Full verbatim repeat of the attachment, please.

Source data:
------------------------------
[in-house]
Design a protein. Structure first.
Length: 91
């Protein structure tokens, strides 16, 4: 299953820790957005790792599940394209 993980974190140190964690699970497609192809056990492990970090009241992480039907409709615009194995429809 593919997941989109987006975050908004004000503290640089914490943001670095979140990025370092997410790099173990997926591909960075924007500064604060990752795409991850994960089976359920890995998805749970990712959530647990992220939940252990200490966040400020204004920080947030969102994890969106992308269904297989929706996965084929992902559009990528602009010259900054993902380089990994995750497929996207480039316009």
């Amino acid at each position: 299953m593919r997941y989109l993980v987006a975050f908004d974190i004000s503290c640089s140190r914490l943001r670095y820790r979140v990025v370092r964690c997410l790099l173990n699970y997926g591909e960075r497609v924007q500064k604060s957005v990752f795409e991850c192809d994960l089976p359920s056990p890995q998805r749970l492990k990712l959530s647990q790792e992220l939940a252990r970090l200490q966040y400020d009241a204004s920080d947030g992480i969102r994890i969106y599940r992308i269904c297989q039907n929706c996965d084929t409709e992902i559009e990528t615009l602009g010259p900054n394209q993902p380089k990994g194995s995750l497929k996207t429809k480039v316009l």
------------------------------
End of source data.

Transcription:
[in-house]
Design a protein. Structure first.
Length: 91
């Protein structure tokens, strides 16, 4: 299953820790957005790792599940394209 993980974190140190964690699970497609192809056990492990970090009241992480039907409709615009194995429809 593919997941989109987006975050908004004000503290640089914490943001670095979140990025370092997410790099173990997926591909960075924007500064604060990752795409991850994960089976359920890995998805749970990712959530647990992220939940252990200490966040400020204004920080947030969102994890969106992308269904297989929706996965084929992902559009990528602009010259900054993902380089990994995750497929996207480039316009």
């Amino acid at each position: 299953m593919r997941y989109l993980v987006a975050f908004d974190i004000s503290c640089s140190r914490l943001r670095y820790r979140v990025v370092r964690c997410l790099l173990n699970y997926g591909e960075r497609v924007q500064k604060s957005v990752f795409e991850c192809d994960l089976p359920s056990p890995q998805r749970l492990k990712l959530s647990q790792e992220l939940a252990r970090l200490q966040y400020d009241a204004s920080d947030g992480i969102r994890i969106y599940r992308i269904c297989q039907n929706c996965d084929t409709e992902i559009e990528t615009l602009g010259p900054n394209q993902p380089k990994g194995s995750l497929k996207t429809k480039v316009l």